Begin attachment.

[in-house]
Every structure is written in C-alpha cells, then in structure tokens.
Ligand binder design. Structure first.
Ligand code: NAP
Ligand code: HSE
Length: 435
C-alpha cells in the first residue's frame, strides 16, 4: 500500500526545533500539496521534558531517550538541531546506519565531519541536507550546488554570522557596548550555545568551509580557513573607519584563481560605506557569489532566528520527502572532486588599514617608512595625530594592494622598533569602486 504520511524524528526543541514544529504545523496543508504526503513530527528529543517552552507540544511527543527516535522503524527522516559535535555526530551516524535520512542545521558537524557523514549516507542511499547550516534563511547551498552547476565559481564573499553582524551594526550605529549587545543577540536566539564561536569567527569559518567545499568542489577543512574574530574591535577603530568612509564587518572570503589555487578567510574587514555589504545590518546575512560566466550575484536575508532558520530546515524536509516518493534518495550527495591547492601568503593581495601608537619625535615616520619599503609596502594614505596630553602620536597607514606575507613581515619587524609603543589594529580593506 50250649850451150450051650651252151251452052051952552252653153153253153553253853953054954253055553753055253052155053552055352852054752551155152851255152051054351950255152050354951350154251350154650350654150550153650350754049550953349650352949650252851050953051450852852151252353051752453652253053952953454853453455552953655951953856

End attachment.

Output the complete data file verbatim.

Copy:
[in-house]
Every structure is written in C-alpha cells, then in structure tokens.
Ligand binder design. Structure first.
Ligand code: NAP
Ligand code: HSE
Length: 435
C-alpha cells in the first residue's frame, strides 16, 4: 500500500526545533500539496521534558531517550538541531546506519565531519541536507550546488554570522557596548550555545568551509580557513573607519584563481560605506557569489532566528520527502572532486588599514617608512595625530594592494622598533569602486 504520511524524528526543541514544529504545523496543508504526503513530527528529543517552552507540544511527543527516535522503524527522516559535535555526530551516524535520512542545521558537524557523514549516507542511499547550516534563511547551498552547476565559481564573499553582524551594526550605529549587545543577540536566539564561536569567527569559518567545499568542489577543512574574530574591535577603530568612509564587518572570503589555487578567510574587514555589504545590518546575512560566466550575484536575508532558520530546515524536509516518493534518495550527495591547492601568503593581495601608537619625535615616520619599503609596502594614505596630553602620536597607514606575507613581515619587524609603543589594529580593506 50250649850451150450051650651252151251452052051952552252653153153253153553253853953054954253055553753055253052155053552055352852054752551155152851255152051054351950255152050354951350154251350154650350654150550153650350754049550953349650352949650252851050953051450852852151252353051752453652253053952953454853453455552953655951953856